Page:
A fantastic read. I first read this novel as an undergraduate nearly thirty years ago and was immediately taken by the sheer plausibility of it's setting and characters.Re-reading it now I was struck by how contemporary it seems, even though it was originally published as long ago as 1908, during a period in which Britain seemed all to gruesomely concerned with the menace of imminent war with Germany.The various revolutionaries and anarchists have their own well defined networks, but so, too, do the police who struggle pot keep tabs on the various foreign nationals of ill repute. Conrad even delves into the depths of political dispute, introducing an unnamed Home Secretary who is daily attacked in the Commons and lambasted in the popular press.All together this is an impressive journal capturing the suspicious and pessimistic zeitgeist of the time, lovingly rendered in Conrad's characteristically flawless prose.An absolute treat - I just wish I had re-read it far sooner.
akfarrar on LibraryThing 5 months ago
Leopards might not change their spots ¿ but works of literature can certainly change their meaning.Once this was a stylish novel of superior language use, playing with the genre of spies and flooring the `le Carrés¿ of the future before they even put pen to paper.Well defined major characters and good descriptions ¿ Dickensian almost but nodding to the modern.This time it was a vicious (as only humour can be vicious) satire on certainties and politics.In a world of ocean sized deceit, where atrocities and terrorism originate in ones friends and where one does not really know `the enemy¿, small lives are wrecked leaving little flotsam to wash ashore.Winnie, whose story this is, is as tragic a figure as you will find in any `Bodice Ripper¿ ¿ she marries, for the sake of her family, the safe middle class man who lodged with her mother; her mother leaves in order to safeguard the prospects of an idiot son; the son, brother to Winnie, is hardly noticed by Verloc, double agent for a seedy government, until he is pressured to breaking point by an enthusiastic know-nothing (young, First Secretary, Mr Vladimir).No one is to blame ¿ next to nothing happens, but a devastating hole is cut out in the reader¿s faith in the essential goodness of the universe.The terror comes with the realisation this is our world ¿ this is the manipulation of modern governments and those agencies set up to protect us ¿ Nothing has changed: If anything, it is more like this than it was at the time of writing.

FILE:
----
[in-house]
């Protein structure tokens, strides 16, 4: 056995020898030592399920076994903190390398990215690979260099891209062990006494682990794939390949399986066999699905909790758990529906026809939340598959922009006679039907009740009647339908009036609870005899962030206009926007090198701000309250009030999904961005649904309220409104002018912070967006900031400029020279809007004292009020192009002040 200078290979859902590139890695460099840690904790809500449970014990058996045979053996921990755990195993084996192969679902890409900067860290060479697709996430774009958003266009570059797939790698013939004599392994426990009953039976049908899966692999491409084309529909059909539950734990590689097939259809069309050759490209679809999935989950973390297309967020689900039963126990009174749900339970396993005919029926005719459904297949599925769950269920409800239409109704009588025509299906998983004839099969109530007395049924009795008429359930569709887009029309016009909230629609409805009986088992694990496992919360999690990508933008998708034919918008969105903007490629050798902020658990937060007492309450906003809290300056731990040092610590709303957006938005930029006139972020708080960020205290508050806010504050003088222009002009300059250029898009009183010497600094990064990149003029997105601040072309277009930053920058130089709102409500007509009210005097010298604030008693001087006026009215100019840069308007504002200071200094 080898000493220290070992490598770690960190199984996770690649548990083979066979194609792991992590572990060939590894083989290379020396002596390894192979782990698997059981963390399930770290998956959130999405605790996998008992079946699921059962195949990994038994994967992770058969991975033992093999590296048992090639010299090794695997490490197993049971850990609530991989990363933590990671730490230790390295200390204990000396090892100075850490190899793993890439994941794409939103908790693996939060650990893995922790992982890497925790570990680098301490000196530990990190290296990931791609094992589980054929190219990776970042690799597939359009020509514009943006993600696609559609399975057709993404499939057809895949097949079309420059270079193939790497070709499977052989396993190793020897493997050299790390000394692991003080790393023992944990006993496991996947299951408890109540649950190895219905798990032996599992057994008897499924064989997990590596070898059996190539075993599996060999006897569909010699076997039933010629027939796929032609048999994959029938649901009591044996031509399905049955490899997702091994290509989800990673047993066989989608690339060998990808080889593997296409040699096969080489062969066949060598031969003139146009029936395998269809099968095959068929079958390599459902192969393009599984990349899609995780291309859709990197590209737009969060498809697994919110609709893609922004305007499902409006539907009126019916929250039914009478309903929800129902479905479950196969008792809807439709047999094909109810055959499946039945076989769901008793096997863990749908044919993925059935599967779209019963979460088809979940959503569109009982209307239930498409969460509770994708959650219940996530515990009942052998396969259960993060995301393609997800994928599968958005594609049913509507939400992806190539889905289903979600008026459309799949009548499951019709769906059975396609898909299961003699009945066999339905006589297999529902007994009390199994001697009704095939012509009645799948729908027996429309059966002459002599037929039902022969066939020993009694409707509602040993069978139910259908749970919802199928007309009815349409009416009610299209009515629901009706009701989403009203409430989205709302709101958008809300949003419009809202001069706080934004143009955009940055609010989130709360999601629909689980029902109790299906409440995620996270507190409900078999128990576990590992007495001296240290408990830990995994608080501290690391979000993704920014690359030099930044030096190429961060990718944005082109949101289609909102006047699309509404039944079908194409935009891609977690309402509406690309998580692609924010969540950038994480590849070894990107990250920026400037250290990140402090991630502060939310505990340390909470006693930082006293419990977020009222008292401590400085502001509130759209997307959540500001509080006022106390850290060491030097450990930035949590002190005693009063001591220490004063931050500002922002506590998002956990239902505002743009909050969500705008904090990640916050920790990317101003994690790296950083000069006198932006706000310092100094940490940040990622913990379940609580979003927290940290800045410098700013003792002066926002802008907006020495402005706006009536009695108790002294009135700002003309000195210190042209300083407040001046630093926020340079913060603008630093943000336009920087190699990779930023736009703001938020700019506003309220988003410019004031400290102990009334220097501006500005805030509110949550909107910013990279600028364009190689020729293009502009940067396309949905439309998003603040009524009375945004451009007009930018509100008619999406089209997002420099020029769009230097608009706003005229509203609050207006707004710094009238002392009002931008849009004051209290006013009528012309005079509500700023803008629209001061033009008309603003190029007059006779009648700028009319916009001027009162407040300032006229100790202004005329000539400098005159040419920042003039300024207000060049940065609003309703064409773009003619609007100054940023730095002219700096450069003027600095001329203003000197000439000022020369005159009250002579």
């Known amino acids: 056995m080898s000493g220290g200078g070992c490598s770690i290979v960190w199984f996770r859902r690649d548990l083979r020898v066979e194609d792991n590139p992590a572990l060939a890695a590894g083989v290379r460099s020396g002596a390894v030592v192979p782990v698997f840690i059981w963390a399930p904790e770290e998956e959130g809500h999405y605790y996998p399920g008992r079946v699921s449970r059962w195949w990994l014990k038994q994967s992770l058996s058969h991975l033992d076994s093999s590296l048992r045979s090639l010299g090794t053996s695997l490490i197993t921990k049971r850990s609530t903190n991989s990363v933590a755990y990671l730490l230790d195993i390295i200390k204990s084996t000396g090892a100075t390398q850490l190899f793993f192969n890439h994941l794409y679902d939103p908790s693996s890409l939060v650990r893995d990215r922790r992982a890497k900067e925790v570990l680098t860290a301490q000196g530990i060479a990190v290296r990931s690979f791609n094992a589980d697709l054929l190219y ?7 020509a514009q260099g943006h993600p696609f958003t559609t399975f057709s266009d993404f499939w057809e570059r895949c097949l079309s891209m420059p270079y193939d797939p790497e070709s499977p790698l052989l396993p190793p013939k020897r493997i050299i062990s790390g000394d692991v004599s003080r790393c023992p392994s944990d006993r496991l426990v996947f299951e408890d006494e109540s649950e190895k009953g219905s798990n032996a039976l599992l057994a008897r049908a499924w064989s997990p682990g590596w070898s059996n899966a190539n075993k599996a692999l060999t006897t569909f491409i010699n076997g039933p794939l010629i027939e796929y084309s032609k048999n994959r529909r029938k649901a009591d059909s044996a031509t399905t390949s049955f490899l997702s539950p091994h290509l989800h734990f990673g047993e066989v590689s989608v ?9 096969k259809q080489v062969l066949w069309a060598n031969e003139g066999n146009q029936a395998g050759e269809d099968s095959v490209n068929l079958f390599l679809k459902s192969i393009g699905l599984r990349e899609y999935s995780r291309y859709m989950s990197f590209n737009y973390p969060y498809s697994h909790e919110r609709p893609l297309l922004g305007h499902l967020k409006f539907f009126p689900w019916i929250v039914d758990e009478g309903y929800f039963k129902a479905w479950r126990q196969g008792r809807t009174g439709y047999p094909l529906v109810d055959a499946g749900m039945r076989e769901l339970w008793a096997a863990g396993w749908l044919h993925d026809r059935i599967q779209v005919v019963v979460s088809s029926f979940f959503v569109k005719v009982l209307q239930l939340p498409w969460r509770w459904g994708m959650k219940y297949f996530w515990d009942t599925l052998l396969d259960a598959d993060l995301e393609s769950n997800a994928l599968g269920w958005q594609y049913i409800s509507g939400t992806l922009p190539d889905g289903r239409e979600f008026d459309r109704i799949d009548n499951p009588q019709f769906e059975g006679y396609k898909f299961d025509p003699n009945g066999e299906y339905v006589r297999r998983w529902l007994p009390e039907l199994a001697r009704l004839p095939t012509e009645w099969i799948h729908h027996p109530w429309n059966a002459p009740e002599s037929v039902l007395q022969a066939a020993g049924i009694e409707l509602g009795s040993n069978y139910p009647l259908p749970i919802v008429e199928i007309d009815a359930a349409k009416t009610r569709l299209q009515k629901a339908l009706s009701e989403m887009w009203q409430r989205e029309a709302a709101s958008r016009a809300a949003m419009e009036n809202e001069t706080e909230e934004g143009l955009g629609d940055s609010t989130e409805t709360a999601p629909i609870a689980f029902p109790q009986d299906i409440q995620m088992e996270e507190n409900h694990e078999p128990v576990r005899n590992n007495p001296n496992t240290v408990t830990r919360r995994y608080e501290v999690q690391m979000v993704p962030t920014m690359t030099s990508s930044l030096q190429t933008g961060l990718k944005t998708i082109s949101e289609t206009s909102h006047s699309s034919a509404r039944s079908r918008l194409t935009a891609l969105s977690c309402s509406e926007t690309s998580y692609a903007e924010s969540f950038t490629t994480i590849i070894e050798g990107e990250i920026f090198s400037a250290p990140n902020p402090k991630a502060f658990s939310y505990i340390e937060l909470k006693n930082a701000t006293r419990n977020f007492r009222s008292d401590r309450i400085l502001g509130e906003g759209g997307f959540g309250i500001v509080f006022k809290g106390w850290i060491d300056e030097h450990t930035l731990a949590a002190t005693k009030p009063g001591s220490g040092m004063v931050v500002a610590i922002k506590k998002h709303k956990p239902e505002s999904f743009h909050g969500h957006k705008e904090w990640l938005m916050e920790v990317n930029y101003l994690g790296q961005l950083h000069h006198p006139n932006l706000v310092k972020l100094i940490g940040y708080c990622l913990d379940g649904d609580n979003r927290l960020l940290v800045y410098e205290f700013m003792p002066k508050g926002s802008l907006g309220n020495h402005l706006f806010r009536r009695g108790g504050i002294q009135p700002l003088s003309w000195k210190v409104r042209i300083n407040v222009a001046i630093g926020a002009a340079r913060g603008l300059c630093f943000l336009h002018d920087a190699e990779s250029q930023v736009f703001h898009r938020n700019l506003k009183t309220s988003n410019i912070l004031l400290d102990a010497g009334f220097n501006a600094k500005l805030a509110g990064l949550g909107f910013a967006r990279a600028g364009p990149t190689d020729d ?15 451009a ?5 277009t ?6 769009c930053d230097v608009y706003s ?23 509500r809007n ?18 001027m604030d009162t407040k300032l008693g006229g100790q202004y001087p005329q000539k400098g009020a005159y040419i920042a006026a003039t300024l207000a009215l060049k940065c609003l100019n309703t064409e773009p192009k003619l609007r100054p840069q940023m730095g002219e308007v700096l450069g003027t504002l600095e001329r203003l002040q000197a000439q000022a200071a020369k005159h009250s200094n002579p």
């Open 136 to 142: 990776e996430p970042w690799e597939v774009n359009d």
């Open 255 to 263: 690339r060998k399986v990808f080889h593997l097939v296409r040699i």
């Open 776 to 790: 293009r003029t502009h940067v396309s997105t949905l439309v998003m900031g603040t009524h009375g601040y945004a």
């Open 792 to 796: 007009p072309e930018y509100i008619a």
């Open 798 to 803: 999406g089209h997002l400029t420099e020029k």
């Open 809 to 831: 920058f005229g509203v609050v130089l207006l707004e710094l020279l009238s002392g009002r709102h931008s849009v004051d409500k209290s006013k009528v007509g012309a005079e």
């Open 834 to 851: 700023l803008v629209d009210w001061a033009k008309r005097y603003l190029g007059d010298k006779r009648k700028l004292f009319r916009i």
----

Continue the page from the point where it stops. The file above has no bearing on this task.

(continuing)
Anonymous More than 1 year ago
Anonymous More than 1 year ago
The characters are descri ed in such loquatious detail right from the start that i was lost after 10pages as to who was who and had read nothing of the plot. Couldnt go any further and had to stop.
Manirul More than 1 year ago
Lovely...! beautiful.....!.... Just enjoy it.....!
Manirul More than 1 year ago
Lovely...! beautiful.....!.... Just enjoy it.....!
Anonymous More than 1 year ago
A slow story with an abrupt morality-tale ending. Not worth rereading.
Anonymous More than 1 year ago
Anonymous More than 1 year ago
Anonymous More than 1 year ago
Oh. Then. Well. Thanks for telling me that. X.x
Anonymous More than 1 year ago
Huh. That's kinda like me with this one dude. Meh, I didn't even know Umbreo had gold eyes.
Anonymous More than 1 year ago
No, but Goldthunder does. X.x